Friday, April 12, 2024

BL&P to pay intervenors


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THREE INTERVENORS?in the?October 2009 electricity rate hearing will share nearly $50 000 in costs awarded by the Fair Trading?Commission (FTC), which will be met by Barbados Light & Power Company (BL&P).
An FTC decision published yesterday said three of the nine intervenors appearing at the 16-day public hearing between October 7 and 23, 2009, had applied for costs, including itemised claims for the scope of work done by their consultants.
The three were the Barbados Small Business Association (BSBA), the Barbados Association of Non-Governmental Organisations (BANGO) and the Barbados Association of Retired Persons (BARP).
A determination was made that the sum of $45 786.95 would be disbursed among the intervenors: $33 100 to the BSBA; $8 035 to BANGO; and $4 651.95 to BARP.
“In determining the matter, the commission took into consideration the contribution made by each applicant during the rate review proceedings, the cost applications of BSBA,?BARP and BANGO and the submisisions of the BL&P,” the FTC statement said.
It noted that the BL&P did its own assessment of the cost claims and, while the company had no objection to bearing the costs being claimed, “believed claims could have been more substantiated”.
The FTC, in deciding to allow the BSBA to recover most of the amount claimed, lauded the BSBA’s consultant, former Cabinet minister Clyde Mascoll, an economist, for the “aptitude” he showed “in the way he handled various complex issues which arose”.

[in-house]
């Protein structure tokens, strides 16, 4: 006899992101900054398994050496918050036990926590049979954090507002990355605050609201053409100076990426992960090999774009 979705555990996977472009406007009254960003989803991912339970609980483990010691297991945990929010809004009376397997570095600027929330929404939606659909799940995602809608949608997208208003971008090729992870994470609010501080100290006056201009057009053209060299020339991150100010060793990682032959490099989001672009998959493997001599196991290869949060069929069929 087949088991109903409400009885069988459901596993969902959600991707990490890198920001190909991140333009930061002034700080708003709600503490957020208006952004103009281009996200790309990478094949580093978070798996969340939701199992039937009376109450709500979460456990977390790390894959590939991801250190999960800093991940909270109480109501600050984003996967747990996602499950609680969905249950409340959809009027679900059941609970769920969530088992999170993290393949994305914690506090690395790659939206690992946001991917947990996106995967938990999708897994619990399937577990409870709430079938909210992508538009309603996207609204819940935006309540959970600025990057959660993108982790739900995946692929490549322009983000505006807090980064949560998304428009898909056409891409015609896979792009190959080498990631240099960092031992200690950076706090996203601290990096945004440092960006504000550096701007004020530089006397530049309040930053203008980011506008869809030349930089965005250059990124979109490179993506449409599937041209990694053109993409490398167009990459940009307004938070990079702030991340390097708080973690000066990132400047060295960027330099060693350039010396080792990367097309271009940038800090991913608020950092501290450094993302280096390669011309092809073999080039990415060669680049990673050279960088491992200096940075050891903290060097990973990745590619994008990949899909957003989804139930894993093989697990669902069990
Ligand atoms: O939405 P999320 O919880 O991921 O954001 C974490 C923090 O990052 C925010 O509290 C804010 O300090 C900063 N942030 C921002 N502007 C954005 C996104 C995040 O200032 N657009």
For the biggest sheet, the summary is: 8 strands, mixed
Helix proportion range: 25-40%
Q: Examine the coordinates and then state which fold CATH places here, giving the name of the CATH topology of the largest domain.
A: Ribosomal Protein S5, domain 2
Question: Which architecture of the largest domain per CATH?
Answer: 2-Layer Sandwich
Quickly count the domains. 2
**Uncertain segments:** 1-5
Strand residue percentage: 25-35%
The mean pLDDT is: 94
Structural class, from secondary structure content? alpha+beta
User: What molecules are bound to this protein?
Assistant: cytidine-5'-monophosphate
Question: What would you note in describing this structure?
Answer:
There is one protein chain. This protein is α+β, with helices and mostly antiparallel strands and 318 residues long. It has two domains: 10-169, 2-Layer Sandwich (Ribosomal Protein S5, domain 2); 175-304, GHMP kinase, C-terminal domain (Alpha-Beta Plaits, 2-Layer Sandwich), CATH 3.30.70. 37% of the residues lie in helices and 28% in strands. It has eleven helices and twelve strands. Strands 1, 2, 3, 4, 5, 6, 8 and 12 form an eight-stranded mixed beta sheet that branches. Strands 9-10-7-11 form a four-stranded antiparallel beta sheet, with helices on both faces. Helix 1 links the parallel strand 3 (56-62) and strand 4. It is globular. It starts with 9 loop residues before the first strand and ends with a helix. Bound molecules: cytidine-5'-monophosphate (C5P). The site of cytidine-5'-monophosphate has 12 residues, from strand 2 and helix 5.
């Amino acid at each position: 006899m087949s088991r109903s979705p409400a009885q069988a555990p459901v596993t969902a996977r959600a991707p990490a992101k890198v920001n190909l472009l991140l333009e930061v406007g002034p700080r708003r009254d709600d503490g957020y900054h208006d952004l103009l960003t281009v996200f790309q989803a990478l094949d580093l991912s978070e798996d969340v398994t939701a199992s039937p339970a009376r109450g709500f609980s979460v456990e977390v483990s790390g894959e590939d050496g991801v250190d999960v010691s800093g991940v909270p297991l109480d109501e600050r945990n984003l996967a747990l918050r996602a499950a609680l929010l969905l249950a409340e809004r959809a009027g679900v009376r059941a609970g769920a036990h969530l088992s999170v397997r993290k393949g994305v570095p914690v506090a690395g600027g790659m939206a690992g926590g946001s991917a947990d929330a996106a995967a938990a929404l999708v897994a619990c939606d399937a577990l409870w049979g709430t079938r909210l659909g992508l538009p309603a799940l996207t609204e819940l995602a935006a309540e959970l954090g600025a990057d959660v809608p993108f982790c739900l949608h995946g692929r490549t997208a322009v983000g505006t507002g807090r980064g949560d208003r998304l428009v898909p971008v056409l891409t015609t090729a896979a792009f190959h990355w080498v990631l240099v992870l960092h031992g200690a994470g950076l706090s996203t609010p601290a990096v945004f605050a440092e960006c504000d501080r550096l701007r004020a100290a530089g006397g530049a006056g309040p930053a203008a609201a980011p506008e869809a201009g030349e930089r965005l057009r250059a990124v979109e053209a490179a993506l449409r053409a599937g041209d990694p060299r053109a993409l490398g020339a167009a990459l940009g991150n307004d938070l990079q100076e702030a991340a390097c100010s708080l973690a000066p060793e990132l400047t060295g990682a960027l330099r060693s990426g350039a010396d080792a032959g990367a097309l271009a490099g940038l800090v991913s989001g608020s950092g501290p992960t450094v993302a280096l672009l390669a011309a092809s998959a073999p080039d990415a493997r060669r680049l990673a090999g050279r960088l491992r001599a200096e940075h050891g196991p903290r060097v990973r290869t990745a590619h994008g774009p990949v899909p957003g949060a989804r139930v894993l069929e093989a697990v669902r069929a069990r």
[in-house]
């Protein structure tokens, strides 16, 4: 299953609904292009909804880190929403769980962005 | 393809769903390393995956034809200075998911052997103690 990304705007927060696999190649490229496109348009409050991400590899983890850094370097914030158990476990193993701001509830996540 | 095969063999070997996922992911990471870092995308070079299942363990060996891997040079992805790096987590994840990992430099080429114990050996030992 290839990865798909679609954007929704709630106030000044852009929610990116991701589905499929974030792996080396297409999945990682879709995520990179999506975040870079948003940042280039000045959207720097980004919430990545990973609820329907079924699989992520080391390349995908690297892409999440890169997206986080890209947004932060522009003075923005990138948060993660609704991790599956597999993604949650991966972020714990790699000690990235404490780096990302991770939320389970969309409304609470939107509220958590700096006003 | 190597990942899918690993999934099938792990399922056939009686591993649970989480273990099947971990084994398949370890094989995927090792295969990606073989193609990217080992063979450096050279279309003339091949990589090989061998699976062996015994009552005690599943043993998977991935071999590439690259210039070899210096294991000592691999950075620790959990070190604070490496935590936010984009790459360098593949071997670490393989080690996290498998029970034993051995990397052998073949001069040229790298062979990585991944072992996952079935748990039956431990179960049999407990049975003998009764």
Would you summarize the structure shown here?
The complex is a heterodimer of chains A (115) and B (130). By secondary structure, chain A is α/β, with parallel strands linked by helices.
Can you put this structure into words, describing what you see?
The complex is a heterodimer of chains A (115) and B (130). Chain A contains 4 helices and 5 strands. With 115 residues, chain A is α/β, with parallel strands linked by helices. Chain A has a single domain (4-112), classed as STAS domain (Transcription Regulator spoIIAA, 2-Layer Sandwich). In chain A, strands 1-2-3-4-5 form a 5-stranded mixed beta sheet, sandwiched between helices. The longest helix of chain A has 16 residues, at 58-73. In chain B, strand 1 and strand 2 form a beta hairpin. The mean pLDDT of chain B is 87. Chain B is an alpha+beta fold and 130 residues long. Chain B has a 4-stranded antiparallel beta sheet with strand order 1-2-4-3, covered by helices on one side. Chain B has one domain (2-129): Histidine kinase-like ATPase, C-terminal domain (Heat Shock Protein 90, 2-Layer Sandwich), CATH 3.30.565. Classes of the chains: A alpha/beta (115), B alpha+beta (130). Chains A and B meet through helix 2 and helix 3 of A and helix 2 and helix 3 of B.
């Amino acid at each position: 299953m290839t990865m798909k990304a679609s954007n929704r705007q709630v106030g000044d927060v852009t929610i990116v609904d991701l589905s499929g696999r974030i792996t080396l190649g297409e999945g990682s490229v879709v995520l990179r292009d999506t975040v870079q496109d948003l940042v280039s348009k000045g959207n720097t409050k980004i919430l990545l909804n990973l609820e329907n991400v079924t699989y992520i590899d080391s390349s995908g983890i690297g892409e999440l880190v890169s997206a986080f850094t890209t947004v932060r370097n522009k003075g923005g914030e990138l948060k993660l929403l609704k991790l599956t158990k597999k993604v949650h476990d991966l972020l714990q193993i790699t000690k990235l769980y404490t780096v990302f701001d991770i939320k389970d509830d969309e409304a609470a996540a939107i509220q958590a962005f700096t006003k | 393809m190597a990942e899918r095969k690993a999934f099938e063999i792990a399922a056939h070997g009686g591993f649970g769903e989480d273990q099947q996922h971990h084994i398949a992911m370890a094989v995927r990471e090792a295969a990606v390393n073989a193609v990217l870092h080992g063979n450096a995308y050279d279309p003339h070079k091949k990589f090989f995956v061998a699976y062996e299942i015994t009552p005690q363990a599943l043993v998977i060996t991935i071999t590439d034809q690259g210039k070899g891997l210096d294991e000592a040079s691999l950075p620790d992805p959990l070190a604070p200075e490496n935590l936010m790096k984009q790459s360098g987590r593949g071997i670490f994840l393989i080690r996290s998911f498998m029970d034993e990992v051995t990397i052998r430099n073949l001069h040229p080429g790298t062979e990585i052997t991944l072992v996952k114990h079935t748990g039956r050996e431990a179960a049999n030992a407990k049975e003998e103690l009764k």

“Mr Mascoll showed knowledge of the application and most of the issues contained therein,” the FTC said.
It, however, adjusted claims by?BARP for out-of-pocket expenses/disbursements and allowed it to recover $3 448.75 for the consultancy fees claimed, and the entire $1 203.20 in expenses for travelling and photocopying.
While the FTC allowed claims for BANGO’s fees for one consultant, it did not accept another individual who appeared at the hearing on BANGO’s behalf as a consultant for the purpose of those proceedings, and also denied a claim for reimbursement of consultancy fees paid to BANGO secretary general?Roosevelt King.
“BANGO’s contribution, made through Mr King, did not enhance the commission’s knowledge of the issues for determination,” the FTC said.


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